Breast cancer

03 November 2009

Breast cancer: poor nations hit hard

Breast cancer is becoming an increasingly global epidemic, plaguing more people in developing countries where mortality rates are higher and many lack access to care.

Breast cancer is becoming an increasingly global epidemic, plaguing more people in developing countries where mortality rates are higher and many lack access to care, US researchers warned.

"We used to think breast cancer was a problem of only wealthy women, but now we know breast cancer shows no favourites: It strikes rich and poor women alike," says Felicia Knaul, Ph.D., who heads the Harvard Global Equity Initiative. "The only difference is that by the time the disease is diagnosed in poor women, it is often too late for effective treatment. "

Behind the bad news about breast cancer: infectious diseases have been losing ground; nutrition plays a role; and people in developing countries are living longer, Knaul said.

About 1.35 million cases of breast cancer will be diagnosed worldwide in 2009, accounting for 10.5% of new cancers in second place behind lung cancer, according to the study by the Harvard School of Public Health.

56% chance of dying from breast cancer in poor countries
Breast cancer cases are expected to surge by 26% by 2020 with some 1.7 million new cases most of which will be in low- and middle-income developing countries, the researchers said.

This year alone more than 55% of the 450 000 reported breast cancer deaths worldwide will be in countries that do not have the resources to deliver early diagnosis and treatment.

That is why the likelihood of dying from breast cancer -- which is highly treatable if caught early on -- hits a high of 56% in the poorest countries, 39% in middle income countries and just 24% in the wealthiest countries.

"To attack the breast cancer global problem, there is not a one-size-fits-all solution," said Dr Lawrence Shulman, head of the Dana Farber Cancer Institute and a conference leader. "What works in rural Mexico is different from what is needed in Malawi or Haiti."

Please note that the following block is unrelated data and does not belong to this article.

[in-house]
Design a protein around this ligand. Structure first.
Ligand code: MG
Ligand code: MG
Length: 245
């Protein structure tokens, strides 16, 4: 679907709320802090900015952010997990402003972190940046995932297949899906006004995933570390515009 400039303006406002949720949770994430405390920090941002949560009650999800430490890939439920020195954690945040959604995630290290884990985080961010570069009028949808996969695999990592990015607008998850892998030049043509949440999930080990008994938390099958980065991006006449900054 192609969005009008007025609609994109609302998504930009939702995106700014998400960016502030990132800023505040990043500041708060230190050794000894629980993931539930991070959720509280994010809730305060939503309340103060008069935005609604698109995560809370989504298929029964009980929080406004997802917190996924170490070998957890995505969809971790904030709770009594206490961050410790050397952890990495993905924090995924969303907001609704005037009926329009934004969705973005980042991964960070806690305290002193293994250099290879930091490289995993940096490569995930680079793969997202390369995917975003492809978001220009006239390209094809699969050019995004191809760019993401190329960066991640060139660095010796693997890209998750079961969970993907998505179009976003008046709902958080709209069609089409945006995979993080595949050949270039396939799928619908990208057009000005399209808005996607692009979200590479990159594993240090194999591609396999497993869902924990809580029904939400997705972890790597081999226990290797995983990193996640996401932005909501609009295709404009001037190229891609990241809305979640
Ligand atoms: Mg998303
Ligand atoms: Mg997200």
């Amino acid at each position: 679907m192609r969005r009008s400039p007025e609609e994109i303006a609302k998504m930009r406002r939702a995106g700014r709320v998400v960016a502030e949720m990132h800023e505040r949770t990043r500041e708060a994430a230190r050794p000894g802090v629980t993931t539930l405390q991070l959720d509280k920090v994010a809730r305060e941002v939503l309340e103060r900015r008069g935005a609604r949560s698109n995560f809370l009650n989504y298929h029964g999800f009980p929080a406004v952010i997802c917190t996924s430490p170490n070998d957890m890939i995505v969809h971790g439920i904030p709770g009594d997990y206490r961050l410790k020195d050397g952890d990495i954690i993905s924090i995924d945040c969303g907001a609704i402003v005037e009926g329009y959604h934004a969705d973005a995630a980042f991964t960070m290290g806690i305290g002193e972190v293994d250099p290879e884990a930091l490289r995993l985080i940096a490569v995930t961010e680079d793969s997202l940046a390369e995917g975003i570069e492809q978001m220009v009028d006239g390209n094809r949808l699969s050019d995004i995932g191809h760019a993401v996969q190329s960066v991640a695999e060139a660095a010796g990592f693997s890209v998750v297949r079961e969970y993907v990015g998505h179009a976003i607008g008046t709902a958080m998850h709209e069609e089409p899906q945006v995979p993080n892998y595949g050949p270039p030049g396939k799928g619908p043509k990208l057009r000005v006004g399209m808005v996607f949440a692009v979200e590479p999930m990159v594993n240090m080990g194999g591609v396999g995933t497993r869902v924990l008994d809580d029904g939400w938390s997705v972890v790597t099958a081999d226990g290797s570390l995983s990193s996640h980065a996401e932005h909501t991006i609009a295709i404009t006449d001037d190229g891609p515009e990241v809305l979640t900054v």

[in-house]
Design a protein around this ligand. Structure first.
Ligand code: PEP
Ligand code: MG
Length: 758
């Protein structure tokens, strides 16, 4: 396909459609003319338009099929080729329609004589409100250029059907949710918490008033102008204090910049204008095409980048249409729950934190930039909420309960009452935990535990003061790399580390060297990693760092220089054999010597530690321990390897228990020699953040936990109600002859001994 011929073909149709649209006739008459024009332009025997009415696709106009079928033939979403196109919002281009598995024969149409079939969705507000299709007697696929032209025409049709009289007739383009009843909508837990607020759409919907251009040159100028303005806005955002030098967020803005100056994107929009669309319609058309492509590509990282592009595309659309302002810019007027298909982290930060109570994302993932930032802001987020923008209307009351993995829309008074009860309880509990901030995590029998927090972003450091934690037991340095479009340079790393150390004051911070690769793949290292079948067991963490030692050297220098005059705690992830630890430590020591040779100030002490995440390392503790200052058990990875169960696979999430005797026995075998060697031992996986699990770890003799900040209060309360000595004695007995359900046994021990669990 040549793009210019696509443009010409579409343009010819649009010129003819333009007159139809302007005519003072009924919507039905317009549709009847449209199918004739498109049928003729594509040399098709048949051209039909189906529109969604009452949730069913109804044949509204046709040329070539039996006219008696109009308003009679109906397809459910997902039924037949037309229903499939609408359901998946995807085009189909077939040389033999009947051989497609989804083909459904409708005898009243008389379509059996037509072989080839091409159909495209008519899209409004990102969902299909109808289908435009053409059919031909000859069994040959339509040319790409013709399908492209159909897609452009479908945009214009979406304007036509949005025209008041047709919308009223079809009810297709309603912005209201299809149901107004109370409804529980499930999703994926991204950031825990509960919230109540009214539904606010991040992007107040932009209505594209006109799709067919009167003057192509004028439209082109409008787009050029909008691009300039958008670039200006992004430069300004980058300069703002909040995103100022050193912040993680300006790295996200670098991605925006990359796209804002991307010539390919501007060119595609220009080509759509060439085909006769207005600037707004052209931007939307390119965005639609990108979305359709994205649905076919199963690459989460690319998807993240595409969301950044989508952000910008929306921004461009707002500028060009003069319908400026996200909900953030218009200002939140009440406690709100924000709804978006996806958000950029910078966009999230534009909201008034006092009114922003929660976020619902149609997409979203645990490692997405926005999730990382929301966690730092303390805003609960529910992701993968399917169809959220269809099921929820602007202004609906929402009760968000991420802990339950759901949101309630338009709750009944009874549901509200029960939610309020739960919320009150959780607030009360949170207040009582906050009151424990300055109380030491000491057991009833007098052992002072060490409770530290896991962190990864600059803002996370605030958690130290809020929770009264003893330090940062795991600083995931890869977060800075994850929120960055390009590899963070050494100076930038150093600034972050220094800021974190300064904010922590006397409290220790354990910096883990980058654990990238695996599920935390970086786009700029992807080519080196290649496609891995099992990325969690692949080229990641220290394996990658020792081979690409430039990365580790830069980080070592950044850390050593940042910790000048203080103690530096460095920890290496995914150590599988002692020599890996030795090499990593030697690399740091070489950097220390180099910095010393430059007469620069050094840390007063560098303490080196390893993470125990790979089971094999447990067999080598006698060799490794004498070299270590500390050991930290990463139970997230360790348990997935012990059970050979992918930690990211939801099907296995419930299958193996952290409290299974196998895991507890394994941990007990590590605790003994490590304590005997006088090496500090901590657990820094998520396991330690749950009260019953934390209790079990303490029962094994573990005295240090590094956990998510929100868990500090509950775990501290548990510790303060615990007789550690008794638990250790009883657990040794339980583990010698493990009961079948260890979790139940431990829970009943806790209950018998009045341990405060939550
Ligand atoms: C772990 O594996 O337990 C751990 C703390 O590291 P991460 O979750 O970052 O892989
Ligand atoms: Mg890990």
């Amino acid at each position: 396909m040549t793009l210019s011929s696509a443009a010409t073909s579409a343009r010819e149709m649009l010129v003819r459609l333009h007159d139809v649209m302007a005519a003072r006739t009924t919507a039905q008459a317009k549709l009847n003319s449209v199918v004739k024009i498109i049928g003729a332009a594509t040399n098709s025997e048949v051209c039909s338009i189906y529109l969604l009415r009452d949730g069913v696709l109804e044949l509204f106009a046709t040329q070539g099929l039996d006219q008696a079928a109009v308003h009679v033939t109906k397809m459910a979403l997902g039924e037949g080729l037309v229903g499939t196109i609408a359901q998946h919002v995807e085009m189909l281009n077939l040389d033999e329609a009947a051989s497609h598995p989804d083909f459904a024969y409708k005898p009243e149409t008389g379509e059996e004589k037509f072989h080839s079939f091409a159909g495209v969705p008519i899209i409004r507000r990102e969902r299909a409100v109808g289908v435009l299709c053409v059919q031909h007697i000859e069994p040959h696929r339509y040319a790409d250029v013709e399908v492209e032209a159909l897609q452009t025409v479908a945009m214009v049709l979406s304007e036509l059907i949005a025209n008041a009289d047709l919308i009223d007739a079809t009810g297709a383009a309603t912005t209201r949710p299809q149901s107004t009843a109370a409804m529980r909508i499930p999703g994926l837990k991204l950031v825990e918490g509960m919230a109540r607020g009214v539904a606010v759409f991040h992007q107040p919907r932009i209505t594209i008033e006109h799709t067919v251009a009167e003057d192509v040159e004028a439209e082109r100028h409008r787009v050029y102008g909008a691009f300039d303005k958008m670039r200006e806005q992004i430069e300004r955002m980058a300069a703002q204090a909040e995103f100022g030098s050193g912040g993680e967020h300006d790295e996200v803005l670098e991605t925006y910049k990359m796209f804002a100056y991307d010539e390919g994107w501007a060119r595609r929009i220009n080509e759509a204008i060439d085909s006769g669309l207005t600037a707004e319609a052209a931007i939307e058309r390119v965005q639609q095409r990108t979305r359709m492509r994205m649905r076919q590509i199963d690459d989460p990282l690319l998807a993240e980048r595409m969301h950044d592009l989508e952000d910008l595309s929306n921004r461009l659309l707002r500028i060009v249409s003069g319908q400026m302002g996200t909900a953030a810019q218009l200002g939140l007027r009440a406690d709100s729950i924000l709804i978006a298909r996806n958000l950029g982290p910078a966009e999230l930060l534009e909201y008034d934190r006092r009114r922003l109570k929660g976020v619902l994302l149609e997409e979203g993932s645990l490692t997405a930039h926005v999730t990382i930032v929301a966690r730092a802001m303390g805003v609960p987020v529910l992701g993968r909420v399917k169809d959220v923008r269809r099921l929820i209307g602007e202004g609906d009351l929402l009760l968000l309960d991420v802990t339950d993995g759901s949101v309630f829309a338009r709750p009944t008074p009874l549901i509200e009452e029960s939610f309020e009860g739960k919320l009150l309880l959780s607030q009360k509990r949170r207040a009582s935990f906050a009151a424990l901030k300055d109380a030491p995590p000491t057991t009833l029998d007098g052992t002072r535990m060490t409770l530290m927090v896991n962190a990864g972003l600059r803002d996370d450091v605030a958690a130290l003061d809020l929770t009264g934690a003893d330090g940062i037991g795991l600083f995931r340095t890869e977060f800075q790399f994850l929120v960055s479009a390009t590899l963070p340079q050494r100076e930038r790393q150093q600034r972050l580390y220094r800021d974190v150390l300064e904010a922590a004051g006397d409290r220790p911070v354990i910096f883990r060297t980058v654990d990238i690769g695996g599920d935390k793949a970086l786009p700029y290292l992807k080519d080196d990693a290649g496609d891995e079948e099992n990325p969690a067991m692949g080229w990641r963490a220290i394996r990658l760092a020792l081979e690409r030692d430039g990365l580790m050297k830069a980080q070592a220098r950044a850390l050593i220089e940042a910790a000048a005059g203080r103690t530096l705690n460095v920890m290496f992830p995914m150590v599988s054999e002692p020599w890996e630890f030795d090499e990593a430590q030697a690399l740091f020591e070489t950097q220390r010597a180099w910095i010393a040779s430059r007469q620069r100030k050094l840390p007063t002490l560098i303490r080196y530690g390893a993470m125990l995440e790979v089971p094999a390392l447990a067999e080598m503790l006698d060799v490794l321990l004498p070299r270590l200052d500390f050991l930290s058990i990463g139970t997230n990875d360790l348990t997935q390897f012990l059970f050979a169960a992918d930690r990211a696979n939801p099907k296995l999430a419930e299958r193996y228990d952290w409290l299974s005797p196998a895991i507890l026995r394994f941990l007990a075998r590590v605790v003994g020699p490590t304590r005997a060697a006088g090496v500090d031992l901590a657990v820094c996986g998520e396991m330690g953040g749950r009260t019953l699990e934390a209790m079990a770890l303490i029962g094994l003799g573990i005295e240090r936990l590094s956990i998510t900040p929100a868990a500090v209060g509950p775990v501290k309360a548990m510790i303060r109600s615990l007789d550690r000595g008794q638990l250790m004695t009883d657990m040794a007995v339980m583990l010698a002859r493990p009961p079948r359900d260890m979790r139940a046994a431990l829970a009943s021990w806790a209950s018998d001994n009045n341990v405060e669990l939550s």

More money, time needed
Key trouble spots include the lack of an adequate infrastructures so patients can be cared for; getting women to come in for screening; and overcoming the social stigma associated with breast cancer, researchers added.

In an effort to counter the challenge, Knaul, one of millions living with breast cancer, will be chairwoman of the upcoming international conference, "Breast Cancer in Developing Countries; Meeting the Unforeseen Challenge to Women, Health and Equity."

A task force first must work at expanding access to cancer education, detection and care in the developing world, the researchers said.

Currently, only 5% of the global resources for cancer are spent in the developing world, they noted. – (Sapa, November 2009)

Read more:
Mammograms save lives: study


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Dr Gudgeon qualified in Birmingham, England, in 1968. She has more than 40 years experience in oncology, and in 1994 she founded her practice, Cape Breast Care, where she treats benign and malignant breast cancers. Dr Boeddinghaus obtained her qualification at UCT Medical School in 1994 and her MRCP in London in 1998. She has worked extensively in the field of oncology and has a special interest in the hormonal management of breast cancer. She now works with Dr Gudgeon at Cape Breast Care. Read more.

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